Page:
Reviving the Russian power industry

Reviving the Russian power industry: A path to smart cost cutting, capacity growth, and profit gains

Executive summary

Structural problems in the Russian power industry are worsening as the country’s economy heads into recession and investments in new capacity and modernization fail to provide expected returns. Given these conditions, it is of paramount importance that electricity generation companies enhance their operations, unlock additional profit drivers, and increase shareholder value. To achieve this, power companies operating in Russia, whether they are domestic companies or multinationals, must focus on three critical strategic phases: (1) launch high-performance projects, modernize assets, and develop industry-leading capabilities; (2) transform the cost structure by decreasing expenditures on maintenance and administrative support functions and by enhancing energy efficiency to free funds for development projects; and (3) reorganize the operating model and processes to increase the effectiveness of operational management and enable agility for growth.

The unexpected downturn

Just a decade or so ago, optimism abounded in the Russian power industry. Government liberalization had attracted huge investments from independent electricity generation companies — domestic as well as several foreign players, including Germany’s E.On, Italy’s Enel, and Finland’s Fortum. These companies were ostensibly going to add significant capacity and modernize the assets and organizational frameworks in an industry that had been characterized by low efficiency and productivity, obsolete equipment, nontransparent planning procedures, lack of knowledge transfer, and high personnel turnover.

Included among the many varied optimization programs that power generation and distribution companies implemented during this period are the following:

  • Fortum — which in the past nine years has acquired a slew of power plants — shed layers in its organizational structure, improving productivity through automation and combining several positions into single jobs.
  • Mosenergo became one of the first Russian generation companies to implement lean management principles. In the process the company engaged its labor force to come up with production efficiency initiatives.
  • For the past decade, Russian power company Irkutskenergo has offered employees financial incentives for generating and implementing new workplace improvement ideas. Combined with other programs, this initiative has produced impressive results: For example, in 2010 alone, when the program had matured sufficiently to assess the extent of its impact on the company’s performance, Irkutskenergo’s savings amounted to 470 million rubles (US$8 million), and by 2014, savings had climbed to 760 million rubles (US$12 million).
  • TGK-1, a power company owned primarily by Gazprom (although Fortum also has a large stake), began a program in 2012 aimed at increasing shareholder value. The program revolved around extensive cost reductions for labor, fuel, and administration. Results were almost immediate: In 2013, TGK-1’s shares outperformed Russian power industry stock indexes. TGK-1 has a new effectiveness-improvement program for 2015–17 that will include modernization of heat generation assets, fuel and water usage efficiency, and various cost-cutting measures.
  • OGK-2, majority owned by Gazprom, is conducting an efficiency program for 2014–16 that involves optimizing the production process, decreasing fuel consumption, and motivating employees.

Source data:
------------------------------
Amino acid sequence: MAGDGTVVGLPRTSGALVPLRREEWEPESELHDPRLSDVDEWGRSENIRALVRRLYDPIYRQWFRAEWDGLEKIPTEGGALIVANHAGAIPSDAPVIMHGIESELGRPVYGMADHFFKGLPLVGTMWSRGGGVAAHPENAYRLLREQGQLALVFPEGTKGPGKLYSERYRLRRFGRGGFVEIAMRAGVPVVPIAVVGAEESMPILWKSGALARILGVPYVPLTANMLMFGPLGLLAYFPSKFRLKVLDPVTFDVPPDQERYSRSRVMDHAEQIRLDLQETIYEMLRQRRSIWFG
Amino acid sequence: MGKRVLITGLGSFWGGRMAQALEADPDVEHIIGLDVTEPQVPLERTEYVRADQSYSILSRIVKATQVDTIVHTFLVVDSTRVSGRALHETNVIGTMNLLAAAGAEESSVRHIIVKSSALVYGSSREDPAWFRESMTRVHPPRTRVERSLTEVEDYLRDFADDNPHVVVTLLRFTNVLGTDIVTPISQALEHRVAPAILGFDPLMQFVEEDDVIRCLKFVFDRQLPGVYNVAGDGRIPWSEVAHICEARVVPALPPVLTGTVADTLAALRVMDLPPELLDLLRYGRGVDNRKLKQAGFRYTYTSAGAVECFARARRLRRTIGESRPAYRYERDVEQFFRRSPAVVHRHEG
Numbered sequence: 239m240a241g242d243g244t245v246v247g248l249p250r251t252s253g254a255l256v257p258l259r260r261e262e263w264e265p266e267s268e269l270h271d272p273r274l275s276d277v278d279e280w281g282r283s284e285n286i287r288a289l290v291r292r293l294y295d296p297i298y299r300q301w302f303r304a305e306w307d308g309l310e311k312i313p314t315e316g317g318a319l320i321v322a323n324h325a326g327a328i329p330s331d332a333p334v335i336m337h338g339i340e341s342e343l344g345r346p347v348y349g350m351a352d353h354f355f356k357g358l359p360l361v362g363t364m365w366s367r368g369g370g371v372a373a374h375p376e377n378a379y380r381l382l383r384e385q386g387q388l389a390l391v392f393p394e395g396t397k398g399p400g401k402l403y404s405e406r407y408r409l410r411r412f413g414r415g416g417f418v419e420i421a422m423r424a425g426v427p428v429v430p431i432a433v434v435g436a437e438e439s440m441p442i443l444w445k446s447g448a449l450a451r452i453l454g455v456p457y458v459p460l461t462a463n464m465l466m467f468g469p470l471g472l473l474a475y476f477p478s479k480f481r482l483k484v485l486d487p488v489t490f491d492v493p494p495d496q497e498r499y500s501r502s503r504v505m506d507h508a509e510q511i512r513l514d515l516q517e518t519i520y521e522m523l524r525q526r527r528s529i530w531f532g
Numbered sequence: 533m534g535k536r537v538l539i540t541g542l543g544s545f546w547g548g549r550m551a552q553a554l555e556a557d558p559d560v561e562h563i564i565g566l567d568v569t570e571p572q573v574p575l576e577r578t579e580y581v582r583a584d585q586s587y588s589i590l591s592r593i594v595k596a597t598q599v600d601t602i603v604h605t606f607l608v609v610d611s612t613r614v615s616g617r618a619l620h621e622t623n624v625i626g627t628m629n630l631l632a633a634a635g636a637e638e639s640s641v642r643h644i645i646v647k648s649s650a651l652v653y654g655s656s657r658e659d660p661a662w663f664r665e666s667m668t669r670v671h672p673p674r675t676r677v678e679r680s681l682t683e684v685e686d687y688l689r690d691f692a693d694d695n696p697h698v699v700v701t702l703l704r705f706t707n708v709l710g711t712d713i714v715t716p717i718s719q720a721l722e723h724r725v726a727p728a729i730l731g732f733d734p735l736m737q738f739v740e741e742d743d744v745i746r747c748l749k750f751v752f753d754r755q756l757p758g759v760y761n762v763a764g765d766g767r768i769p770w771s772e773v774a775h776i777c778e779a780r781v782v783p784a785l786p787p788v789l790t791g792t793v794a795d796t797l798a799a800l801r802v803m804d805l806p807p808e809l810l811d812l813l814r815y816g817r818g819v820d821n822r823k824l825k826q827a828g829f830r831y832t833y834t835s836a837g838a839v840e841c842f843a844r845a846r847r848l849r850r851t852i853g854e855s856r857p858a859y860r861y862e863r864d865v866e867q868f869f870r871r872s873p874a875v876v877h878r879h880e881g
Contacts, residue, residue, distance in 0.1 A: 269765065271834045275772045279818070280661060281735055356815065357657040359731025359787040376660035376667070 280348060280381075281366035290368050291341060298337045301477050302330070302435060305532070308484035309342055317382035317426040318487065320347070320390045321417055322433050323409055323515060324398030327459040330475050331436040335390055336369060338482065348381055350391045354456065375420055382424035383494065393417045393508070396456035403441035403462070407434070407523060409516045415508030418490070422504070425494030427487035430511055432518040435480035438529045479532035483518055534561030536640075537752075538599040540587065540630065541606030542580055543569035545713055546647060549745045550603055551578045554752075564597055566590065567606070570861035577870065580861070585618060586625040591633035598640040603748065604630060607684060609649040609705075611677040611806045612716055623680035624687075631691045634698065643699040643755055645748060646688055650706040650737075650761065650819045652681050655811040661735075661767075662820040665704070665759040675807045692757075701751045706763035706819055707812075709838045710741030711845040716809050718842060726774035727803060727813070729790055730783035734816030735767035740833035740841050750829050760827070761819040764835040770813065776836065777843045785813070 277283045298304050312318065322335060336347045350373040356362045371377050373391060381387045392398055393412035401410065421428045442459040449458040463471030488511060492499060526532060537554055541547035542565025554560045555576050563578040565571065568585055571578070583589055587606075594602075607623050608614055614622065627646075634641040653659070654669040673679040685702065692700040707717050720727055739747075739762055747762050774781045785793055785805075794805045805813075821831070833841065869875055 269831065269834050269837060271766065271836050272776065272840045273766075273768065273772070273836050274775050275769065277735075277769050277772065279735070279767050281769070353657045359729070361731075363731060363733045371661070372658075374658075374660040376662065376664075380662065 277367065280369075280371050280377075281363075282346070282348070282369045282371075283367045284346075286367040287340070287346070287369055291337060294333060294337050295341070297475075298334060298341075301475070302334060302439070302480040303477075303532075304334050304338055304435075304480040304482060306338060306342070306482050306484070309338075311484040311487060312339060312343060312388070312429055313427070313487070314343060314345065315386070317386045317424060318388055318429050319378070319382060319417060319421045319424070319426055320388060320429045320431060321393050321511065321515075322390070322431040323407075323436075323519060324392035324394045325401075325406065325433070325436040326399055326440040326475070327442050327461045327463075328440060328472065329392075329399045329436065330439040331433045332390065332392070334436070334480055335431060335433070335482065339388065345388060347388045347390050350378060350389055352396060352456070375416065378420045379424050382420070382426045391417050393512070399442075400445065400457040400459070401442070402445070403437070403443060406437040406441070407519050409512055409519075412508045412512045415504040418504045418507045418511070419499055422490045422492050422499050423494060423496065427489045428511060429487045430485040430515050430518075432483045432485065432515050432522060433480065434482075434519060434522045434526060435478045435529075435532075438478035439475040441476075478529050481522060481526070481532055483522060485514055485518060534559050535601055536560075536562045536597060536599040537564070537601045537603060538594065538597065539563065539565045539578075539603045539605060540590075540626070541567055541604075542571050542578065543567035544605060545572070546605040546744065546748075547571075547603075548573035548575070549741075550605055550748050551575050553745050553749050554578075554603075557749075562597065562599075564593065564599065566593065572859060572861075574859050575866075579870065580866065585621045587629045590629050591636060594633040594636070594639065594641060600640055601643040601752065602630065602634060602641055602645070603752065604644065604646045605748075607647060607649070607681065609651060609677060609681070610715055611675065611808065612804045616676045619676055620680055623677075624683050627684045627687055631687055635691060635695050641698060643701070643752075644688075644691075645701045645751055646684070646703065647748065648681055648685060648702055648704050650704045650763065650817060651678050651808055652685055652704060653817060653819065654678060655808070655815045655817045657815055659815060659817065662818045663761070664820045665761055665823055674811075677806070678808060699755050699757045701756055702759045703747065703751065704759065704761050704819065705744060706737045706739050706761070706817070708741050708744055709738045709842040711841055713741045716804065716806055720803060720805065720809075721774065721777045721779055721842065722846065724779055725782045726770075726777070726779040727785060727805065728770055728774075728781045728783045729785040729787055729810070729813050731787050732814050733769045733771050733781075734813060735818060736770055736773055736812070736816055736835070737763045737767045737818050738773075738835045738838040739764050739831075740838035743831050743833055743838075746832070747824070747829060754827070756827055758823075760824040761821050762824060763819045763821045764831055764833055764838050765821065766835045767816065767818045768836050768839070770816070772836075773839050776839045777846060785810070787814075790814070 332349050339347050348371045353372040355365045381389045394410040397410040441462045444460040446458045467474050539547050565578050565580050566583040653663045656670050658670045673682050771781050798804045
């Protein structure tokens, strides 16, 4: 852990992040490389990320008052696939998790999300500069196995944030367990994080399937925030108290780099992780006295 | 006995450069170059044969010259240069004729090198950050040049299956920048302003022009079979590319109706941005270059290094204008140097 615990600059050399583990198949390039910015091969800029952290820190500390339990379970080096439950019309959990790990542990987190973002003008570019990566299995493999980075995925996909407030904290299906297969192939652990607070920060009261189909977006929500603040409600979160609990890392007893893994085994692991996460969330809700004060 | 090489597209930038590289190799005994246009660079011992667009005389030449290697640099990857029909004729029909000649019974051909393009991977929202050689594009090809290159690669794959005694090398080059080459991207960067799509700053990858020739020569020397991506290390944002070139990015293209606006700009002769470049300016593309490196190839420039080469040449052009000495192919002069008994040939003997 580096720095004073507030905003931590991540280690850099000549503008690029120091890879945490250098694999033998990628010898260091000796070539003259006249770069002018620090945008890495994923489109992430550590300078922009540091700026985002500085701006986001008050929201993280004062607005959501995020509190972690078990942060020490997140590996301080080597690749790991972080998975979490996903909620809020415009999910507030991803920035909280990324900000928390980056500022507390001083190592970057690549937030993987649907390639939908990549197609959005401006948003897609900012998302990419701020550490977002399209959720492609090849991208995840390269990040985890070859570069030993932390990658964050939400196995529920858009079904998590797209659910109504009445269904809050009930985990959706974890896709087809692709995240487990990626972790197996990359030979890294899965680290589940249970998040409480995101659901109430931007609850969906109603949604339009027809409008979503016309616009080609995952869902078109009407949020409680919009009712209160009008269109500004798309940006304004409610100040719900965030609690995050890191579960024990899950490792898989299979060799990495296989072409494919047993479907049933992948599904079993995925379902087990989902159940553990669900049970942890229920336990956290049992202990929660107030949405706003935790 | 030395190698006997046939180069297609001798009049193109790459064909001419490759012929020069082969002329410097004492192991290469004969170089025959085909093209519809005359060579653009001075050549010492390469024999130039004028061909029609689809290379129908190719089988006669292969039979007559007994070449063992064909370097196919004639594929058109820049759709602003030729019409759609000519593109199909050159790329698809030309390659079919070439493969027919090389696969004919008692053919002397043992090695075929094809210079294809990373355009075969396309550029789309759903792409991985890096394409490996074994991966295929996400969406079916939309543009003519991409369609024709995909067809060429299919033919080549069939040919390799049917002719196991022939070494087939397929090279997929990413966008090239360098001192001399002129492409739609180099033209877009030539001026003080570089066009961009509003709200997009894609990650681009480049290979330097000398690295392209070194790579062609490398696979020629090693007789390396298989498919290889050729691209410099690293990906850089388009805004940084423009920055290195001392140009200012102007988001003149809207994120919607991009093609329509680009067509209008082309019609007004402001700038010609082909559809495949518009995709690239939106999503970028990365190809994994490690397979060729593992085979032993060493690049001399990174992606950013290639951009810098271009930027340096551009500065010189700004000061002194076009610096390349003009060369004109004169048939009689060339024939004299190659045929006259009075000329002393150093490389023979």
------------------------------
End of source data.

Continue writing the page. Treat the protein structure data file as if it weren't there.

• The Russian subsidiary of Enel has undertaken a continuous improvement program called Zenith, which has already led to as many as 90 cost optimization initiatives.

These and other efforts have greatly modernized Russian power companies, bringing efficiency to some operations as well as gains in productivity and more openness to the workplace. But the improvements in the sector have lost ground to a serious downturn in the Russian power industry that began around 2010, the result of economic conditions and government activity unanticipated when the industry was in full bloom 10 years ago.

In the past five years or so, the economic slowdown in Russia, along with overcapacity and outmoded plants, has produced a toxic mix that has affected the power market in significant and troubling ways. With the World Bank forecasting negative to flat economic growth in 2015 and 2016, power consumption has flattened (see “Russia Economic Report,” Sept. 2015, on www.worldbank/org). Moreover, the Russian government has imposed price containment actions that hold utility fee increases to below the inflation rate. Meanwhile, power system regulators have excluded a range of power plants — chiefly, the many less efficient ones — from taking part in a program that guarantees payments to utilities that upgrade failing plants or build new capacity. Worse yet, access to capital is at a premium at a time when at least 65 percent of power generation equipment has yet to be modernized and much of it is facing obsolescence.

Given these trends, it is not surprising that two industry equity indexes of Russian power generation companies, MICEXPWR and RTSEU, have declined since 2011 with significant drops in the first and second quarters of 2012 and 2013 (see Exhibit 1).

Exhibit 1: Change in MICEXPWR and RTSEU energy stock indexes, 2012–Q3 2015*

Change in MICEXPWR and RTSEU energy stock indexes, 2012–Q3 2015

Adopting a Fit for Growth* approach

Facing tight conditions, some Russian power companies have begun to limit their financial exposure by cutting costs across all segments of their operations in a broad-brush fashion and cancelling large capital projects. However, in many cases, this is a shortsighted strategy that runs the risks of ceding market share, short-circuiting the efficiency programs that have been put in place, and undermining the future development of the company, especially its ability to be nimble when economic conditions improve and there are more growth opportunities.

*Fit for Growth is a registered service mark of PwC Strategy& LLC in the United States.